This weekend, I tried to end something that’s been nagging at me for a while. A small worry, a lingering regret. A few years ago, I bought a 1920's-era photograph from an old woman at a neighborhood-wide garage sale. The woman told me that the person in the picture was one of her cousins, whom she’d always found disagreeable – which surprised me, since the cousin looked happy, maybe even in love. Of course, we don’t always see the people we know and dislike, in their best moments. Maybe only in photographs.
Out of respect for her privacy – or reservations, rather, not wanting to seem weird or invasive – I didn’t ask the old woman what her cousin’s first and last names were. I have a vague memory of her telling me that the cousin’s name was Delphine, but I’m not sure about this. Since that day, I’ve often thought about this now-nameless person in my old photo collection. Most of the subjects in my collection are nameless, but the difference, of course, is that this one didn’t have to be.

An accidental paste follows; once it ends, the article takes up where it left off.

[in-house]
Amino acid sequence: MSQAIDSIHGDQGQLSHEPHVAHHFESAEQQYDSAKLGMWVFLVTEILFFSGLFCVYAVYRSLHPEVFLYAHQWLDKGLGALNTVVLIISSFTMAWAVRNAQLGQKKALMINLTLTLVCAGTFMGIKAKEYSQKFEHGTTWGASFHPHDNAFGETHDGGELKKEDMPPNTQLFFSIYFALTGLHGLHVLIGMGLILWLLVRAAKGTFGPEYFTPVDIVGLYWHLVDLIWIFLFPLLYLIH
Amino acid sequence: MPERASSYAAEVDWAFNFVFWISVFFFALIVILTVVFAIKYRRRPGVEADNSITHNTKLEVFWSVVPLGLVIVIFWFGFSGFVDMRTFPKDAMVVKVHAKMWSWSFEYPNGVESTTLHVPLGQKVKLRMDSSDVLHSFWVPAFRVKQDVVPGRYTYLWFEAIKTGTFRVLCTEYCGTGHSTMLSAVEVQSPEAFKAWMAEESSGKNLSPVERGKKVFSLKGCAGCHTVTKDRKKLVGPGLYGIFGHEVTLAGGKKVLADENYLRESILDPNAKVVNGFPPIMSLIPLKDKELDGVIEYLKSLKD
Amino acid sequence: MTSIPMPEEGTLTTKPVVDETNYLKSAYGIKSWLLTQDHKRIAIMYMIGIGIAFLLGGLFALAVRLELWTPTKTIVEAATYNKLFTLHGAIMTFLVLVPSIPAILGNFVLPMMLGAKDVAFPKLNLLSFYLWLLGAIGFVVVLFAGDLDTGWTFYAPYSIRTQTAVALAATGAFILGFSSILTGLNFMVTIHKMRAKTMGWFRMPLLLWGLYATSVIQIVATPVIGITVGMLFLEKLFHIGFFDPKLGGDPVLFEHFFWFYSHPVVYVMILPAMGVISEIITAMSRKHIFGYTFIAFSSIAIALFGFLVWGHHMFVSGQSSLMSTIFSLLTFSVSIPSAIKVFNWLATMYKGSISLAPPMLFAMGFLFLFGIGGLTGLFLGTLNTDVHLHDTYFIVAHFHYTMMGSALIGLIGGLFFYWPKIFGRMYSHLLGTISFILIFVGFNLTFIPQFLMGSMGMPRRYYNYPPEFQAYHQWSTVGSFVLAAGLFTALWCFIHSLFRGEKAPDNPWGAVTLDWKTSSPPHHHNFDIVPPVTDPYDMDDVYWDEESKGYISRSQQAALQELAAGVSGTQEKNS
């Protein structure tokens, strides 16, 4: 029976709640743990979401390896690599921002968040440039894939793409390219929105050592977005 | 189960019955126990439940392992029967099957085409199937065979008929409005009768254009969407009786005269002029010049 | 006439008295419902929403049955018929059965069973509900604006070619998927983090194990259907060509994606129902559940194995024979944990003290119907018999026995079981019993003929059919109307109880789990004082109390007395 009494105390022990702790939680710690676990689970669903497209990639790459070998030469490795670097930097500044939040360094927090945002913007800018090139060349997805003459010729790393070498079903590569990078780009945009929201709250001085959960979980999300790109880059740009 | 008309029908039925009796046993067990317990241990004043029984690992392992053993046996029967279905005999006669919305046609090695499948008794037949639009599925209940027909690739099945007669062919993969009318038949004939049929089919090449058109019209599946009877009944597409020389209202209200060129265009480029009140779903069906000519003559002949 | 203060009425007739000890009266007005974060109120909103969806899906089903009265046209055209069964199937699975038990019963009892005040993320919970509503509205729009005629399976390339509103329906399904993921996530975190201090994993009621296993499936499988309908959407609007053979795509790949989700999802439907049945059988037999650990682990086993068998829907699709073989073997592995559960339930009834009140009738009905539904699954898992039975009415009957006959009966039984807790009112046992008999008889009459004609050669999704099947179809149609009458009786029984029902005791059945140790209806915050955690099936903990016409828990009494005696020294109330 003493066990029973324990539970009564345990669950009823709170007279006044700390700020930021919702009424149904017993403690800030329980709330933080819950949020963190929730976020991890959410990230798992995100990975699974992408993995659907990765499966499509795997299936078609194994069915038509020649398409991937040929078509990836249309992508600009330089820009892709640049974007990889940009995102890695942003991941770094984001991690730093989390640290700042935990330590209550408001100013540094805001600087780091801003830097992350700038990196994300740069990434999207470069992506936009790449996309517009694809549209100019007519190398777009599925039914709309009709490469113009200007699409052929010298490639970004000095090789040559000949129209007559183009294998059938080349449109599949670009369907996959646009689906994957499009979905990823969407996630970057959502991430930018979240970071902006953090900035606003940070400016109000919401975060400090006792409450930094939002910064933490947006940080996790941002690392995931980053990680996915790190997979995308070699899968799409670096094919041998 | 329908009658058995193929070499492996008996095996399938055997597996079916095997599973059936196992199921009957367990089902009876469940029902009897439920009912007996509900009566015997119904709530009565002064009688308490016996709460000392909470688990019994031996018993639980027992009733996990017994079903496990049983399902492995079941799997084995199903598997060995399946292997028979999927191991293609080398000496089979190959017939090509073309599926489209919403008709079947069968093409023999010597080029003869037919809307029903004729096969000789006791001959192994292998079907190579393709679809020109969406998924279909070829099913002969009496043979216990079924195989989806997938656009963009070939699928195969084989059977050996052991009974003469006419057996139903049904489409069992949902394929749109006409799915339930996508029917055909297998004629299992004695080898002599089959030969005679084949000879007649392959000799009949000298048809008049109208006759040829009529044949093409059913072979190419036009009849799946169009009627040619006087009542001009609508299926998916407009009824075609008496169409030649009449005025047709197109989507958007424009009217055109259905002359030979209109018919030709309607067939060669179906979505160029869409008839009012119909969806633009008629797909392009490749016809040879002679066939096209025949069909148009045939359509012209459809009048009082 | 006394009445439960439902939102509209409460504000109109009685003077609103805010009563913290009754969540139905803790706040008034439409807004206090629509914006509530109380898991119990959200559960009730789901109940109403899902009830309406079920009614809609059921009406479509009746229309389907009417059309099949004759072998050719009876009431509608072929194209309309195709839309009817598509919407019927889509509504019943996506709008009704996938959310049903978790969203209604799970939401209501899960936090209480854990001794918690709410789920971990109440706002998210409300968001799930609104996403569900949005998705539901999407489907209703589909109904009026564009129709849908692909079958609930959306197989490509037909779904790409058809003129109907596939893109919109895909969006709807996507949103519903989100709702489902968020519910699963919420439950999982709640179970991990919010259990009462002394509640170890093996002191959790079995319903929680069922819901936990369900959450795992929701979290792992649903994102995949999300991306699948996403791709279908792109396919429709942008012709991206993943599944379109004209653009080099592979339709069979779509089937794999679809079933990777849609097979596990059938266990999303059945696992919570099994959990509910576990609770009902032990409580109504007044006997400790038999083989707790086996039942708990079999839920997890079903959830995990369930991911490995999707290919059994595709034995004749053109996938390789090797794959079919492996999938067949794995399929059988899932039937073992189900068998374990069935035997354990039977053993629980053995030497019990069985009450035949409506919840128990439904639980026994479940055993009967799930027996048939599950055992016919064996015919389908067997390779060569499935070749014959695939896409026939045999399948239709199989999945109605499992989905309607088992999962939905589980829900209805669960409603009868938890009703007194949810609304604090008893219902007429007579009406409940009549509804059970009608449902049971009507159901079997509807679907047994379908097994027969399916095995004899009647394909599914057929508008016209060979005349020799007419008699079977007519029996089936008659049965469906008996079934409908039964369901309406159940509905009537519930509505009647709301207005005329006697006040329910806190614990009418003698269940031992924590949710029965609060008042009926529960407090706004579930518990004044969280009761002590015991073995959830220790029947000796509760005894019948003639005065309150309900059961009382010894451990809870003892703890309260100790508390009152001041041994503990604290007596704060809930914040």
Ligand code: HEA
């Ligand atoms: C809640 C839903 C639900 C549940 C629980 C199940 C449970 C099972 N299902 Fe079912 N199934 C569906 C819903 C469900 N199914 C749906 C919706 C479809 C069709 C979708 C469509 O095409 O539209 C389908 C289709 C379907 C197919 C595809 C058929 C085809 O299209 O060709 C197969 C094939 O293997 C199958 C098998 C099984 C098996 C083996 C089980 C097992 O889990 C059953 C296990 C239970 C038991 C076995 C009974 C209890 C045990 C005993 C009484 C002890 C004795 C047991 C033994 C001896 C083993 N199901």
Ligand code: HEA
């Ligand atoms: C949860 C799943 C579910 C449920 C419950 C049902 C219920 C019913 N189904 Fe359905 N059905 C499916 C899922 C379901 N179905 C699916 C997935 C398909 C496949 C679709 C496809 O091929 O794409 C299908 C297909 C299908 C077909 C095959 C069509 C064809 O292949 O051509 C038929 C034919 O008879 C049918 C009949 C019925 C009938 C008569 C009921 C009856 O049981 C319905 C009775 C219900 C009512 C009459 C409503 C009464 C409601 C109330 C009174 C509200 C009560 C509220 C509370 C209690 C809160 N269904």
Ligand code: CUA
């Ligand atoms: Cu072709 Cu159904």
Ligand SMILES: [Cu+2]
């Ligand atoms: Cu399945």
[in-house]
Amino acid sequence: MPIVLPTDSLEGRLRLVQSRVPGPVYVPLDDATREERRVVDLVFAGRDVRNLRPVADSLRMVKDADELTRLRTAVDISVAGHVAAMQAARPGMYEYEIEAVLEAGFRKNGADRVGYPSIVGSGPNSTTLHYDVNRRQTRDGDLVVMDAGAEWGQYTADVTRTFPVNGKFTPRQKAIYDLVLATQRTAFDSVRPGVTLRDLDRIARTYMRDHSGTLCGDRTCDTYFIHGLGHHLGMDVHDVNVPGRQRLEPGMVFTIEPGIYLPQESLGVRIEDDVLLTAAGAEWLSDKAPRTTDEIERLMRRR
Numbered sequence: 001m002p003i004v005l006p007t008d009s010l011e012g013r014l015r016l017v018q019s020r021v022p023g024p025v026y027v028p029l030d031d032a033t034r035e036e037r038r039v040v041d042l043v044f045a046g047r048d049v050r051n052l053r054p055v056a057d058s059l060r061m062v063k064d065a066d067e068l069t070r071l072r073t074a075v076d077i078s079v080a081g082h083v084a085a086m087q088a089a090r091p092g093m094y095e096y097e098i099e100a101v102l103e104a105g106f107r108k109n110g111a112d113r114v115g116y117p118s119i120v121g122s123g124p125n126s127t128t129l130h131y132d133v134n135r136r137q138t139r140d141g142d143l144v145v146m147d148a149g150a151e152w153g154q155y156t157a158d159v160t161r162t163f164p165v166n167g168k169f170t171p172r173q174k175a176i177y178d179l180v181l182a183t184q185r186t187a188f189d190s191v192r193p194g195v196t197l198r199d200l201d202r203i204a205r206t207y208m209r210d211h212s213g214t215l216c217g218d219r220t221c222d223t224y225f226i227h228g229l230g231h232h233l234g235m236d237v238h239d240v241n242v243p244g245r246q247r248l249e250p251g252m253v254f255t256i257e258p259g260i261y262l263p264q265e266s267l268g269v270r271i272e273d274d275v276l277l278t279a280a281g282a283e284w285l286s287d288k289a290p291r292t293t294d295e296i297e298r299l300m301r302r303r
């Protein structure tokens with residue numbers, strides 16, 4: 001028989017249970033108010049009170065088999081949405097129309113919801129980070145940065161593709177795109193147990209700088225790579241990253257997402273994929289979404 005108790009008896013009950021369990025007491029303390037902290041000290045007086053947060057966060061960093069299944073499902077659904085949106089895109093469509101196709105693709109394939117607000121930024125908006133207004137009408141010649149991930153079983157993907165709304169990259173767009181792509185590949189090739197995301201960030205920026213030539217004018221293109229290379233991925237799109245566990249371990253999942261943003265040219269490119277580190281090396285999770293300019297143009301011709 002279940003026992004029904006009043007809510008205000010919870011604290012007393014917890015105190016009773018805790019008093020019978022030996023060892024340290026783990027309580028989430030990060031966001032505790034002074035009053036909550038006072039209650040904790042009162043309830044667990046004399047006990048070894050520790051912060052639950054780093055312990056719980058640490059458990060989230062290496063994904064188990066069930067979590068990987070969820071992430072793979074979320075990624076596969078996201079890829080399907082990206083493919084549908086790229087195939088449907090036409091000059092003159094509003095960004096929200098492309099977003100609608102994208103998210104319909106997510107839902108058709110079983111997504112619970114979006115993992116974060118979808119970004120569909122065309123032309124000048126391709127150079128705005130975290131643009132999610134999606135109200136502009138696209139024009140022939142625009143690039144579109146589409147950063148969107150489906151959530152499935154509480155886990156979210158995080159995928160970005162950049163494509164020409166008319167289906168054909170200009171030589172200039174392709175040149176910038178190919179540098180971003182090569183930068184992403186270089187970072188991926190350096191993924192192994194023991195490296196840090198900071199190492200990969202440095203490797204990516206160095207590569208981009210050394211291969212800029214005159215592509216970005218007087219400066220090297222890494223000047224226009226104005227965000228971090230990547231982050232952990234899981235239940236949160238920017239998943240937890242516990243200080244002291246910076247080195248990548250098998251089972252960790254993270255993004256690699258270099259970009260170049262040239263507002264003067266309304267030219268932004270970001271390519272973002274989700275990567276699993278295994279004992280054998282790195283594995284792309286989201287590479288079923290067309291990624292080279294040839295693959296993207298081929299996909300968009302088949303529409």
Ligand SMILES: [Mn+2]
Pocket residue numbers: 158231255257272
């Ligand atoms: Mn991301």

Last week, I saw signs for another neighborhood garage sale, in the same area where I’d bought the picture. So, on Sunday, I gently took the photo from the antique album where I’d placed it, and set it between two blank pages of a hardcover book. Then, I set out, hoping to find this woman again, and finally give a name to the lady in the photo.
My quest made sense to me, but when I’d mentioned it to a few students who’d asked me about my weekend plans, or to the boyfriend, everyone had just looked at me in puzzlement. “What does it matter?” they’d asked, verbally or with a subtly raised eyebrow.
I couldn’t exactly answer. Knowing this woman’s name would give her a concrete identity, I guess, but then again, isn’t knowing about her character (albeit from only one person’s point of view) even more valuable?
“What’s in a name?” Juliet Capulet once pondered, deciding, finally, that there are far more important things than a moniker. I certainly agree…but I realize that names have always been important to me. Even as a little girl, I insisted I’d keep my last name when I got married. When I was in fourth grade, there was another “Alysa” in my class – a phenomenon that’s rather rare among the sparse population of us in this world. The teacher told us that, as with all same-named students, we'd be called by our first name, and differentiated by the initial of our last name. But something in me rebelled at being so closely nominally linked to someone else, and so I asked to be called by my middle name, instead.